How DID Lucy Walk?
"Lucy" is the three million year old fossil discovered in the Afar region of Ethiopia in 1974 by Don Johanson. For more than three decades this remarkable find, which has told us so much about out origins, has been the subject of controversy. A forty percent complete skeleton, many of her large bones had been preserved through fossilization and from these, and in particular the femur (thigh bone) and pelvis, we know she stood upright and moved about on two legs and it was claimed she walked in the same manner as humans today: a straight legged stride, knees extended, posture upright. But not everyone agrees.
Other researchers noted some critical bones were missing or shaped slightly differently than the same bones in humans today and from this they concluded Lucy walked with bent knees and her upper body bent forward slightly at the hips.
This argument was not settled but rather prolonged by the discovery, in 1978, of a sixty foot long trail of footprints at Laetoli in Tanzania. These foot prints predated Lucy by almost half a million years and were formed in a most fortuitous way: one day nearly 3.5 million years ago a volcano in what is now Tanzania, in East Africa, was erupting and light ash was falling, like snow, over a wide area. The ash was several inches deep when two individuals (and maybe a third) walked on their two legs through the ash, leaving their footprints in the ash. Birds scampered across the ash also, as did a variety of four legged animals.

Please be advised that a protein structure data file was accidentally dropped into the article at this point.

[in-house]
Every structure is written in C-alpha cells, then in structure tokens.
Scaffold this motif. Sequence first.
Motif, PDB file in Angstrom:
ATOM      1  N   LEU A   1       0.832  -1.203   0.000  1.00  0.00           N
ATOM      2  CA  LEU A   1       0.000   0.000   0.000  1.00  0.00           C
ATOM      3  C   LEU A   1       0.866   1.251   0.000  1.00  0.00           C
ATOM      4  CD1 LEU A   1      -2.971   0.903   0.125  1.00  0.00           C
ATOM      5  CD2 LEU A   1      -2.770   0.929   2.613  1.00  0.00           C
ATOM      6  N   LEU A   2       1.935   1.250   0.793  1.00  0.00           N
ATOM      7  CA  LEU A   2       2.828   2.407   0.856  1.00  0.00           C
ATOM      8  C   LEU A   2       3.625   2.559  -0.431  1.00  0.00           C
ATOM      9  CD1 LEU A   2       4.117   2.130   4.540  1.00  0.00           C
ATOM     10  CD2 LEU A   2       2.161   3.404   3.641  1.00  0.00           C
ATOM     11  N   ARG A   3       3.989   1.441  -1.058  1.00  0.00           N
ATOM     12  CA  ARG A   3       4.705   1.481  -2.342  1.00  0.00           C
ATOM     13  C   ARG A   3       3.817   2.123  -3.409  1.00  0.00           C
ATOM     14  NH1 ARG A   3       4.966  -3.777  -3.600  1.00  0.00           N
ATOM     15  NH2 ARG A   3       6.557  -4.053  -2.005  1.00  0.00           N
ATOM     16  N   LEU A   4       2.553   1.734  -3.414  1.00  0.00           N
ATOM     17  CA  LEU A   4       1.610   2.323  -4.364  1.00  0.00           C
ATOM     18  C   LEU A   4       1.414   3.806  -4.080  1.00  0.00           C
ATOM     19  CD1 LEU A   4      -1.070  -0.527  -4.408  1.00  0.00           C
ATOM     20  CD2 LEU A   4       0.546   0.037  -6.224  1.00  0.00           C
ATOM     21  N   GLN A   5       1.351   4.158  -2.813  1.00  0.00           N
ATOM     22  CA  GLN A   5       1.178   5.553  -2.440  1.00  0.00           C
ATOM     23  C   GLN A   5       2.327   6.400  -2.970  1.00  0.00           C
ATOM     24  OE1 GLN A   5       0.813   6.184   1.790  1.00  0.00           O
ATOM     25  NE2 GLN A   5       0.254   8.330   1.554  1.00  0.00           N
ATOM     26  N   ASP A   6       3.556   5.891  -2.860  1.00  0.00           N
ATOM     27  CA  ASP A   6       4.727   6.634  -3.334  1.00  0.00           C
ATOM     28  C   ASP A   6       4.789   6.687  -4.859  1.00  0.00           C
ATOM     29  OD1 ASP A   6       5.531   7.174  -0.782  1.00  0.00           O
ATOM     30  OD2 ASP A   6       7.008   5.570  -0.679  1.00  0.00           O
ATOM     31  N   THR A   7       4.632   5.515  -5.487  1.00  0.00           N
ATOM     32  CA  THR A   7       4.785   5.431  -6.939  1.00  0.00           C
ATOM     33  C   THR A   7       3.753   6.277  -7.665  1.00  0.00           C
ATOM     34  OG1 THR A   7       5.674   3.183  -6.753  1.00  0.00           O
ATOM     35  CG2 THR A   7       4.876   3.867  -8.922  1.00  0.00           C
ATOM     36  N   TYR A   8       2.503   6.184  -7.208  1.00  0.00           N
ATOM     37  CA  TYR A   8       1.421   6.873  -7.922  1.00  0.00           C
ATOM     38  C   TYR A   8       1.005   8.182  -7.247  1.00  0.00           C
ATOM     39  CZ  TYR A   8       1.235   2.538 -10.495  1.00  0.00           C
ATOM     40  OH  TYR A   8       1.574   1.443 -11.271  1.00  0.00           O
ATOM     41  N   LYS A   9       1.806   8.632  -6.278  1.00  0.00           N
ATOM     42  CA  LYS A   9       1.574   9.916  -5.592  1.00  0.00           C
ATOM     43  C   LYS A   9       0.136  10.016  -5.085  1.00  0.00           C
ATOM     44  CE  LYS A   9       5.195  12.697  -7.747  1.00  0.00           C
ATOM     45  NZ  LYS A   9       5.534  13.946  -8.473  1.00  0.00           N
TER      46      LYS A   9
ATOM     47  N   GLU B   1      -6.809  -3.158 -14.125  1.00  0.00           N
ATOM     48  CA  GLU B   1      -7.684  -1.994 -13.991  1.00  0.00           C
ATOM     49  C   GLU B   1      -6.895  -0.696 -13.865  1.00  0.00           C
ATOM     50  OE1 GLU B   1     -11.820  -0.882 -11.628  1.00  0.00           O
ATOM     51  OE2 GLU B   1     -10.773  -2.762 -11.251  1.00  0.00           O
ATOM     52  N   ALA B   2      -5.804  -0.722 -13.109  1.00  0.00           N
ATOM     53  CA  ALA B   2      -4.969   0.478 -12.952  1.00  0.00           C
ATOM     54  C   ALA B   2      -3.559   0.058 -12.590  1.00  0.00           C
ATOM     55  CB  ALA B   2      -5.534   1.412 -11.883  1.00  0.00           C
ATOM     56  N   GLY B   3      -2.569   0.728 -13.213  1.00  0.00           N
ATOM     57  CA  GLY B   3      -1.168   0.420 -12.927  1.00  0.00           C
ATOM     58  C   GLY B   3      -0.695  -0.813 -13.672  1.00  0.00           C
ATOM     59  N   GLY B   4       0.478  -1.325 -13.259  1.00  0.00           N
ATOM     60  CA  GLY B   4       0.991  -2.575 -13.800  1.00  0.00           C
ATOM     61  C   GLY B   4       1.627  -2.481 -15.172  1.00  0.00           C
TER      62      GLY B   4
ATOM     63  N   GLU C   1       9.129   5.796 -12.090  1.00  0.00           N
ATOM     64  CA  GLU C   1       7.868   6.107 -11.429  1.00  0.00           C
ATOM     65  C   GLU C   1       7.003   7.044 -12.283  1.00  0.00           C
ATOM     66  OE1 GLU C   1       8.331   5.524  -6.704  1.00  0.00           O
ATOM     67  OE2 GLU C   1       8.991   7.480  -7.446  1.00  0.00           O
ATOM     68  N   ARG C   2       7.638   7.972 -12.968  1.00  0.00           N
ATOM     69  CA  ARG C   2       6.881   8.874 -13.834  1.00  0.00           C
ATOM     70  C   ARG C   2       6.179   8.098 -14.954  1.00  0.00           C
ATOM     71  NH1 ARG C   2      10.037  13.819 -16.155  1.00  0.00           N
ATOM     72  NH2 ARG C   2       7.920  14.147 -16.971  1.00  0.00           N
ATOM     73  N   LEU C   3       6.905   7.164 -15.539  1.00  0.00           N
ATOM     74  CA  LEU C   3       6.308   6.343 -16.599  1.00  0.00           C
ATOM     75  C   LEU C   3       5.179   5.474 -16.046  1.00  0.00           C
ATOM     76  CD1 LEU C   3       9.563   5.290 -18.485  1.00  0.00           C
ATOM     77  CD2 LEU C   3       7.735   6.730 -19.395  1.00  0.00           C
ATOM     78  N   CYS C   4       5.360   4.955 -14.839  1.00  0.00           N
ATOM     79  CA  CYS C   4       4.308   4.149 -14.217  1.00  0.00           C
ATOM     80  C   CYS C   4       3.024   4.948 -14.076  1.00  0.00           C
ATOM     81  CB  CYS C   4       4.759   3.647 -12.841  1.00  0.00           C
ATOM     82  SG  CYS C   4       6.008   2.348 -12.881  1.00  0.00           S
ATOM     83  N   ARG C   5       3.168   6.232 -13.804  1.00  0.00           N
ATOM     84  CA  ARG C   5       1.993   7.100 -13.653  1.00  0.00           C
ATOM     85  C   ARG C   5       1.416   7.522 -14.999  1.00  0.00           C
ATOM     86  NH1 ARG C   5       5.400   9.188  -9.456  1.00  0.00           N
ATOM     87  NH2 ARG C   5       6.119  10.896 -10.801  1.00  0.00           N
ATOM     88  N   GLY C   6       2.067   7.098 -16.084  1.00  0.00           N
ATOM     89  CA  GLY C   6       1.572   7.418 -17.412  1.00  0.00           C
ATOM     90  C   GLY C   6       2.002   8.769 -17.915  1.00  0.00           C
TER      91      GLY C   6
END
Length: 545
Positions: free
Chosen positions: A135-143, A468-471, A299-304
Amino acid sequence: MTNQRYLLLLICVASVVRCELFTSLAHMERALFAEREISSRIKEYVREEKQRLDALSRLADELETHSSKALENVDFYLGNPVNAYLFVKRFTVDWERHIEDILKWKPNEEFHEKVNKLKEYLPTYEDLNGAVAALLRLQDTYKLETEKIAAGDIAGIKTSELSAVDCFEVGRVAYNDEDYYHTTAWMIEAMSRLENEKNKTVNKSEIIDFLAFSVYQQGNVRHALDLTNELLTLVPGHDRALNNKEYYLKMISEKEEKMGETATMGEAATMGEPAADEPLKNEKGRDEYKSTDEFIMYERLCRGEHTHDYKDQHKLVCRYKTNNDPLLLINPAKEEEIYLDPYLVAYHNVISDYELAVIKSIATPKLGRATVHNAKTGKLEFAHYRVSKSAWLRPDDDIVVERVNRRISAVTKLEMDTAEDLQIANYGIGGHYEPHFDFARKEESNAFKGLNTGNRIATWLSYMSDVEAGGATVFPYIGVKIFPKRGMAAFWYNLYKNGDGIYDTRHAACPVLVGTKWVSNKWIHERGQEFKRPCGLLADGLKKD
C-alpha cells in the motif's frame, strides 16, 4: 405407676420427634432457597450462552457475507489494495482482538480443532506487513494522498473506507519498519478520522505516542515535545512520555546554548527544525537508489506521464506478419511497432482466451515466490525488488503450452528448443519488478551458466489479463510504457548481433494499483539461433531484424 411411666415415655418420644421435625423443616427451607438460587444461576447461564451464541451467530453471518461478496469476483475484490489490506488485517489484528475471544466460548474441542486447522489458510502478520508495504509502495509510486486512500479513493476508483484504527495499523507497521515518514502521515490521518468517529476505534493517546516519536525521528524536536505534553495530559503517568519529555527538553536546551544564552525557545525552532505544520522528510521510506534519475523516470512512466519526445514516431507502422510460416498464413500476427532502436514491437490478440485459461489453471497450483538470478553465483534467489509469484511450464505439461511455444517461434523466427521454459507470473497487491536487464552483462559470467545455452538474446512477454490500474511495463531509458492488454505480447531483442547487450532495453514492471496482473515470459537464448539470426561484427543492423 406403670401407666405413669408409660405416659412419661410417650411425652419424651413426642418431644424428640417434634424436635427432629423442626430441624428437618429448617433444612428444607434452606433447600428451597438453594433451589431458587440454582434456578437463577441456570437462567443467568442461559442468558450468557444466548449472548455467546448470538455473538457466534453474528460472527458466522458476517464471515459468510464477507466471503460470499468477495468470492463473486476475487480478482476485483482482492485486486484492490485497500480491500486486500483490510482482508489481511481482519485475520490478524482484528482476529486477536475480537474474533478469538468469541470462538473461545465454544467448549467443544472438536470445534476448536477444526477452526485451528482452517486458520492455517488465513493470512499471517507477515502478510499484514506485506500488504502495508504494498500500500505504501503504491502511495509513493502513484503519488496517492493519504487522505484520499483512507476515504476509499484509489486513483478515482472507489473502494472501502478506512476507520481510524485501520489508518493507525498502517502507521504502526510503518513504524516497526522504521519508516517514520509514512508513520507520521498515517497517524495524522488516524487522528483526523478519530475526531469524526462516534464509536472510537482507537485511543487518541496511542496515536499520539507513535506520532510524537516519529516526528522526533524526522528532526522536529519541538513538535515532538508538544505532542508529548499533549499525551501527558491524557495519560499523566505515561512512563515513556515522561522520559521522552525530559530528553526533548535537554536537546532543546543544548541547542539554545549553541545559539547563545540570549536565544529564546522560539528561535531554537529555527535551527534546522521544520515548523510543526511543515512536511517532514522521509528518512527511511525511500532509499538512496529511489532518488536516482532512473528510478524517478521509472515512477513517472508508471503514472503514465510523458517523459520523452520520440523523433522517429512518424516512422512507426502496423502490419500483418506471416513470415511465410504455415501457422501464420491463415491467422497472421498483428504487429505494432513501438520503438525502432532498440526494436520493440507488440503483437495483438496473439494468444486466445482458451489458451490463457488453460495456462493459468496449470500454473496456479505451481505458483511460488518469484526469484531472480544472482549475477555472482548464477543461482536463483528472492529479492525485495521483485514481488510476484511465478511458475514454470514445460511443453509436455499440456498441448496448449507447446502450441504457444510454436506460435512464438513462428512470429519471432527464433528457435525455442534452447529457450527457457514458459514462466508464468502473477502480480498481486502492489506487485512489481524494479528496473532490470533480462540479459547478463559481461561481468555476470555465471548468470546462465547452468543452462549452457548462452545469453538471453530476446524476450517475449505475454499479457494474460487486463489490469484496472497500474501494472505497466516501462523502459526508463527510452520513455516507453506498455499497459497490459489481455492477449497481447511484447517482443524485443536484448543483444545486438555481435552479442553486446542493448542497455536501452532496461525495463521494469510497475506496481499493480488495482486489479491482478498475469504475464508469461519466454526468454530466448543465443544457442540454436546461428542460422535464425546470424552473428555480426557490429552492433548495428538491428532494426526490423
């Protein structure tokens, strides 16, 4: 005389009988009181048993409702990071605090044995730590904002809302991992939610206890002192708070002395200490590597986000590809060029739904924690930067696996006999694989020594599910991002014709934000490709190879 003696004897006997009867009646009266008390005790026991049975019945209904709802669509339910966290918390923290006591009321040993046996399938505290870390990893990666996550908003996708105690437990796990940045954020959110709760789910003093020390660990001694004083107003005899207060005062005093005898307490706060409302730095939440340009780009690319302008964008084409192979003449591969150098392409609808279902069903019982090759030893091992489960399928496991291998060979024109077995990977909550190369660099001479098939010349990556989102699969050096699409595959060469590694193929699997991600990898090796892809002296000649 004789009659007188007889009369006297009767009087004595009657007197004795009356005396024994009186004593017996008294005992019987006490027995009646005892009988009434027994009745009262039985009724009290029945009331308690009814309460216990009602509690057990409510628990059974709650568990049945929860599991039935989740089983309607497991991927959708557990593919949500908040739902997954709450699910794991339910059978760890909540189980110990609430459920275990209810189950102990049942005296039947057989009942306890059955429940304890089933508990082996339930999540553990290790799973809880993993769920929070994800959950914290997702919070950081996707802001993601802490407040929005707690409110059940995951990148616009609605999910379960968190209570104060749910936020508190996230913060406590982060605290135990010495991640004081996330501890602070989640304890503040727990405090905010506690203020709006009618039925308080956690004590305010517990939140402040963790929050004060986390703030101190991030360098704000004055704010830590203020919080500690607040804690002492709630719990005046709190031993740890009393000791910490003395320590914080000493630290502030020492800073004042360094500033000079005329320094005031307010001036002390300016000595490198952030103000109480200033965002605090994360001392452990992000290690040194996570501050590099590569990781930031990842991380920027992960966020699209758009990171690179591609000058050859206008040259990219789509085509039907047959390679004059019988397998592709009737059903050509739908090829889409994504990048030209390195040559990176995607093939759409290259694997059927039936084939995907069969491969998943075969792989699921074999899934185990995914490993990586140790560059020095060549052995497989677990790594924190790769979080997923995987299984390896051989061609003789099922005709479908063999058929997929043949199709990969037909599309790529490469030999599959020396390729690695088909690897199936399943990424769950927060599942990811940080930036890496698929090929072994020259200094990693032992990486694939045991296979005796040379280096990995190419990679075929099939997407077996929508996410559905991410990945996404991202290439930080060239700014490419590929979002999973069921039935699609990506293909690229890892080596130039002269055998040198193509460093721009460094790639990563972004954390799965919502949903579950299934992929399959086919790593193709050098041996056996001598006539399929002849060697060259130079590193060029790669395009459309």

A very light rain was falling at the time, so the ash was the consistency of moist sand or mud. Foot impressions were left in the ash, which soon set up like concrete and hardened, preserving the footprints. Millions of years of sediments covered the area of the ash fall until uncovered in 1978 by a team led by Mary Leakey. The footprints of interest to us were clearly distinguishable from those of the birds and the four legged animals, and proved there were animals walking upright on two legs nearly half a million years before Lucy.
Some scientists claimed the foot prints were almost indistinguishable from those of modern humans, leaving clear impressions of heel and toe, and thus proving Lucy (and the fellow members of her species, Australopithecus afarensis) walked then as we do today. Others asserted the prints were indistinct and did not establish the characteristics of a fully extended stride, a deep heel strike and a nearly as deep (as when impressed on wet sand or moistened volcanic ash) "toe off", the impression left by the ball of the foot and toes when one, while walking, pushes off and shifts weight to the other leg.
In the meantime, older fossils (but not as complete as Lucy) have been found, with strong indications they walked upright and were not quadrupeds, knuckle walking as do our closest relatives, gorillas and chimps. But HOW Lucy walked then, fully upright and legs extended, or slightly stooped and bent at the knee, is still an open question, awaiting more evidence.